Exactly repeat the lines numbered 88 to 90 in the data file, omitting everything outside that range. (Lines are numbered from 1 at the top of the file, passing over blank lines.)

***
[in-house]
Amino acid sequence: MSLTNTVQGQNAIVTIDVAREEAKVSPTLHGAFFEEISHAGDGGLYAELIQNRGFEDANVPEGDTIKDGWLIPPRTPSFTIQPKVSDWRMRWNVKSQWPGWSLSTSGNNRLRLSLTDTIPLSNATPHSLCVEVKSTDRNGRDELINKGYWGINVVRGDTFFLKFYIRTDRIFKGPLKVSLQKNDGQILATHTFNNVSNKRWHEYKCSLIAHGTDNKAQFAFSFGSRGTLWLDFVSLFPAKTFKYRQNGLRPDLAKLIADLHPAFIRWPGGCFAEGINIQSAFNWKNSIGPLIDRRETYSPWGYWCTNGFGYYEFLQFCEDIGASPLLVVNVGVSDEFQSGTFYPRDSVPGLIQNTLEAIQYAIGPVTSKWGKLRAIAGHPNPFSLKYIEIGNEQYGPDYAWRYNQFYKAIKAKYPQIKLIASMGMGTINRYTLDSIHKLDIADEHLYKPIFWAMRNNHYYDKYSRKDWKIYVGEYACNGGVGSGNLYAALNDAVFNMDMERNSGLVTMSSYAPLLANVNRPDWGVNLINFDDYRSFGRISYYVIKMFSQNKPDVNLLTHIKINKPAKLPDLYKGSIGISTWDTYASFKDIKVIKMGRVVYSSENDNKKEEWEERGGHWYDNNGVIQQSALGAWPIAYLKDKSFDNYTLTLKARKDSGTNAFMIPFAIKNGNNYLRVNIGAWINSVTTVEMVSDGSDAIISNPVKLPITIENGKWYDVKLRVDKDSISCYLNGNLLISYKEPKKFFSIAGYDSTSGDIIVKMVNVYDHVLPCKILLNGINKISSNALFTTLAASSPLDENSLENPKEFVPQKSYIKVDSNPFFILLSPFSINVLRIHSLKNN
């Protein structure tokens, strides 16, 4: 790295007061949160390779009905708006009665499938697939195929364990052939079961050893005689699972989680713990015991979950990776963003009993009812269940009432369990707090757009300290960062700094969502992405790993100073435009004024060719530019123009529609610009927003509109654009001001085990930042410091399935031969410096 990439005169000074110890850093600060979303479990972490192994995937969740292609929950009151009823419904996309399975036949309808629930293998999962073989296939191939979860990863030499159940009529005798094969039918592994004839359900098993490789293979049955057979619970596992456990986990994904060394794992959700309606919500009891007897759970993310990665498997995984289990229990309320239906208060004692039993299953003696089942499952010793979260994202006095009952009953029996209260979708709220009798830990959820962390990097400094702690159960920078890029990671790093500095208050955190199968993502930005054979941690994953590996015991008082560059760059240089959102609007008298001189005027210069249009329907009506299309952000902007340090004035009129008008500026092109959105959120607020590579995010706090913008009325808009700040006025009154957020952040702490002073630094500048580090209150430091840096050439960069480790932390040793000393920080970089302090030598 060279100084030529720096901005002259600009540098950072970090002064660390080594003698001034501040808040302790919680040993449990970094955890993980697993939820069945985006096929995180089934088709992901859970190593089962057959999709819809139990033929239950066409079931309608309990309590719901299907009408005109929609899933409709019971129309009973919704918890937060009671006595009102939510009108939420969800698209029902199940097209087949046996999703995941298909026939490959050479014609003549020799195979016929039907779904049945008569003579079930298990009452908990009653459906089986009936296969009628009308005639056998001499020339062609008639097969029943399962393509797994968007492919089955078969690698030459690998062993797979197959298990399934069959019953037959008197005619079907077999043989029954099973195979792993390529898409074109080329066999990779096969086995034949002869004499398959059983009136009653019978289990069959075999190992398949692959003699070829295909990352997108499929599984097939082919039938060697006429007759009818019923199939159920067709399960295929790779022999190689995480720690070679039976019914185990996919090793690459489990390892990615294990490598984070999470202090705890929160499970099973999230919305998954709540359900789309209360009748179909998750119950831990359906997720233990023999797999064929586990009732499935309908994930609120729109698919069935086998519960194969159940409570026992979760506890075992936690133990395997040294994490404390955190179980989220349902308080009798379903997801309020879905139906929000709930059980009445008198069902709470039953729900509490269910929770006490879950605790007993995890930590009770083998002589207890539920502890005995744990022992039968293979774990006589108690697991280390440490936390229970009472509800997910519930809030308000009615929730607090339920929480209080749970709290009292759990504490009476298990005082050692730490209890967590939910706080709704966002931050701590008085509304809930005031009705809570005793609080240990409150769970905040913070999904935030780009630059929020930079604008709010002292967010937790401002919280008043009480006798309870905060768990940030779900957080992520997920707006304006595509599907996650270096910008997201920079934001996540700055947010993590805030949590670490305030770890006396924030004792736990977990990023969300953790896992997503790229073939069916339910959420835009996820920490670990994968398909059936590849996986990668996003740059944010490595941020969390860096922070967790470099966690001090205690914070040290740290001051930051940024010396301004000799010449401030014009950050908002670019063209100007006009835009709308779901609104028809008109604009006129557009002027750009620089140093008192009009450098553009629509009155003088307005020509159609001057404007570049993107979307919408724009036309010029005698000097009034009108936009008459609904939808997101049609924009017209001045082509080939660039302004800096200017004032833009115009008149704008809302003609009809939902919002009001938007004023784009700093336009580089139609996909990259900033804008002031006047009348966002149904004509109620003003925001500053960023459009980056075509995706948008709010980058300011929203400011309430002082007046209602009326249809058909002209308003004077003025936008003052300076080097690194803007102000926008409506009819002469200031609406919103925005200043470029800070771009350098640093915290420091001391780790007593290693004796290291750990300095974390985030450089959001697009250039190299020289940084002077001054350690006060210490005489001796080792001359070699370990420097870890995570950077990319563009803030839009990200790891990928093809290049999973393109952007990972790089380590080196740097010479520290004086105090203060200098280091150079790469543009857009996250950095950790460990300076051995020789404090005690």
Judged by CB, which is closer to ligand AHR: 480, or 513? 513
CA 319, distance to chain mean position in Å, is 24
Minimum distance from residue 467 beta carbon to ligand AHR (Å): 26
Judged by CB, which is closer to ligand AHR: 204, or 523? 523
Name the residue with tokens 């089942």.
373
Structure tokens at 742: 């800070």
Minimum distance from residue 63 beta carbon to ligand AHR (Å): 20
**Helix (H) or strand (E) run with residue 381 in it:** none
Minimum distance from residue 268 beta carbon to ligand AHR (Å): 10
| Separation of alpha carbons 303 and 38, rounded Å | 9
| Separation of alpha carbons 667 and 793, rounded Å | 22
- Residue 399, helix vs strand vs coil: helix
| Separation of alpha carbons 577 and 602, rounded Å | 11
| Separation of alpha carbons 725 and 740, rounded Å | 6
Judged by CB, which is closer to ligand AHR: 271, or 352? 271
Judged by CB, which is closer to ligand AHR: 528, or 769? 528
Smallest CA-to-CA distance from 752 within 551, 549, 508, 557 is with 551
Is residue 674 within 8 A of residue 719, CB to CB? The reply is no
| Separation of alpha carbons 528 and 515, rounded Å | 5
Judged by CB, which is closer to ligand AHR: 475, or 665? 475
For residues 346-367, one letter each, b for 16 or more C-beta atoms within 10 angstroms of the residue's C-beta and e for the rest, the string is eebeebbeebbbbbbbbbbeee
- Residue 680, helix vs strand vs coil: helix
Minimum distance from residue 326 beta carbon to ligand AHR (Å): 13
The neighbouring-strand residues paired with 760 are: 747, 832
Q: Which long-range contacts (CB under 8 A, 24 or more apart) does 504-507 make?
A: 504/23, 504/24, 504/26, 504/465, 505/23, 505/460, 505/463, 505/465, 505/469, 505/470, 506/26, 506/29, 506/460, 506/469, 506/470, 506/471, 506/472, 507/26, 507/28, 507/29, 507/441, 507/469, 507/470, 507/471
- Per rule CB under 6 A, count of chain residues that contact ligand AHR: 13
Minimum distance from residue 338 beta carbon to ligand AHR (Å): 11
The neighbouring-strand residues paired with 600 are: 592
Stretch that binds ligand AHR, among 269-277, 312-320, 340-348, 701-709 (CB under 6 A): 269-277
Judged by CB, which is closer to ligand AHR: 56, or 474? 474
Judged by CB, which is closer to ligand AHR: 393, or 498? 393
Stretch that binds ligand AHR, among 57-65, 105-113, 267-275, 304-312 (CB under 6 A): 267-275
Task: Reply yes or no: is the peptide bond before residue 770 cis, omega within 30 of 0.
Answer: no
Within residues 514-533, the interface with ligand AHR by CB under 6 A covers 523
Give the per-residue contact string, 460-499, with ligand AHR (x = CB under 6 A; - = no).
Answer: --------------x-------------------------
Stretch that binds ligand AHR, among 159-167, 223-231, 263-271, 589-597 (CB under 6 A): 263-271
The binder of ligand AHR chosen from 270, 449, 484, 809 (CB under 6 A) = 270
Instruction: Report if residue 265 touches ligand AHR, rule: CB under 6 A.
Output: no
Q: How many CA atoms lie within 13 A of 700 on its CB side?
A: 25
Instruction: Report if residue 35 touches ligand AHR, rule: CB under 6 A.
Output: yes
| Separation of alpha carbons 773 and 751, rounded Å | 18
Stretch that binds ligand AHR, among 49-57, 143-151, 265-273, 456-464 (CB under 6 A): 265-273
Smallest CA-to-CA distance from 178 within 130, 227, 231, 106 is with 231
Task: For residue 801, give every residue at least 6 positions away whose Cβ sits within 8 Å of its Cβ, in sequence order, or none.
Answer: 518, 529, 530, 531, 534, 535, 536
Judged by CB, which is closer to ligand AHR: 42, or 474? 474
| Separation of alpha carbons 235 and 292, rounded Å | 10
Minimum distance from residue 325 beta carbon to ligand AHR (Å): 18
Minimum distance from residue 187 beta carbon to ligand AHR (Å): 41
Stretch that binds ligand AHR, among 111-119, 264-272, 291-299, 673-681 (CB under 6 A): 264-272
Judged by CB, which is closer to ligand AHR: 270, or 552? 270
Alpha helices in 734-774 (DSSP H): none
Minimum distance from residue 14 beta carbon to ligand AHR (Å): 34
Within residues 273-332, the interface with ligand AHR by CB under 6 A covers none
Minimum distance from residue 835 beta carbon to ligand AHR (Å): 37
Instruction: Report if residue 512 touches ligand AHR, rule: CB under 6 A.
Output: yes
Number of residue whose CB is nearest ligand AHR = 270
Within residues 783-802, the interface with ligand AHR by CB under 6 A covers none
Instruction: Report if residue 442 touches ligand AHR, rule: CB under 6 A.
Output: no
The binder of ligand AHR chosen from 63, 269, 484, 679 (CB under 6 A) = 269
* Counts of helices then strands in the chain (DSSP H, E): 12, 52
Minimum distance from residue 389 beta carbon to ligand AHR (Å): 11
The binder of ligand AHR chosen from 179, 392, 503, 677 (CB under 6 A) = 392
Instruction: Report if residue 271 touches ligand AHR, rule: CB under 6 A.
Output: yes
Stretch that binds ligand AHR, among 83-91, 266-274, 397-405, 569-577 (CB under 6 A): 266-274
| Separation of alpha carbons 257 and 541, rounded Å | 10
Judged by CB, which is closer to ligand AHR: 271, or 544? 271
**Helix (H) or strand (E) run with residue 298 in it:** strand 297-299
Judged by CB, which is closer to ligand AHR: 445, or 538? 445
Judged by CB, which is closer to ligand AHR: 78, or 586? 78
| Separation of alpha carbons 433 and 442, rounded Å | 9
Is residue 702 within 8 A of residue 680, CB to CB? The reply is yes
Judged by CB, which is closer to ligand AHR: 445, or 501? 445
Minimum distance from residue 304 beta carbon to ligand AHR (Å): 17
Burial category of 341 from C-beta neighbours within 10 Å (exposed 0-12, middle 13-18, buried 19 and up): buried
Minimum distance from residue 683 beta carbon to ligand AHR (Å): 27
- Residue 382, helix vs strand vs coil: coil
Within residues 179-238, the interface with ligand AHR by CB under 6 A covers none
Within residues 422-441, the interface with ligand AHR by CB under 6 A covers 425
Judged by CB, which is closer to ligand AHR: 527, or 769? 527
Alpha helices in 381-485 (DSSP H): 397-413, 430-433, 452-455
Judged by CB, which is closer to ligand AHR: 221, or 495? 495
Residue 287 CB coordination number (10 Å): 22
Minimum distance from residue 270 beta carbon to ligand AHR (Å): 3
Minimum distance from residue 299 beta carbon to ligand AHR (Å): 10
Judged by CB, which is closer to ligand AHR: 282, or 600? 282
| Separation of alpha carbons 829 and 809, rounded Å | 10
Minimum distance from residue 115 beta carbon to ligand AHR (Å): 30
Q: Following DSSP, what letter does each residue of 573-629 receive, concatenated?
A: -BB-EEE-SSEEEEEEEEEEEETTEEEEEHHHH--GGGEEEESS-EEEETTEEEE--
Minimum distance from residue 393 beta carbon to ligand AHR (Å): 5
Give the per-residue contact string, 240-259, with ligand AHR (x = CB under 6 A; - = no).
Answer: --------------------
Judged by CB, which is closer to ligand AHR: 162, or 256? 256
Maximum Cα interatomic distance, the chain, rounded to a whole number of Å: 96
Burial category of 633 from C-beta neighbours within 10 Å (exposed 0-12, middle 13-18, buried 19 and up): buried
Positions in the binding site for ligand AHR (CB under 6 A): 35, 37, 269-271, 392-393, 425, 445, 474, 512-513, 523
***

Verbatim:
Burial category of 341 from C-beta neighbours within 10 Å (exposed 0-12, middle 13-18, buried 19 and up): buried
Minimum distance from residue 683 beta carbon to ligand AHR (Å): 27
- Residue 382, helix vs strand vs coil: coil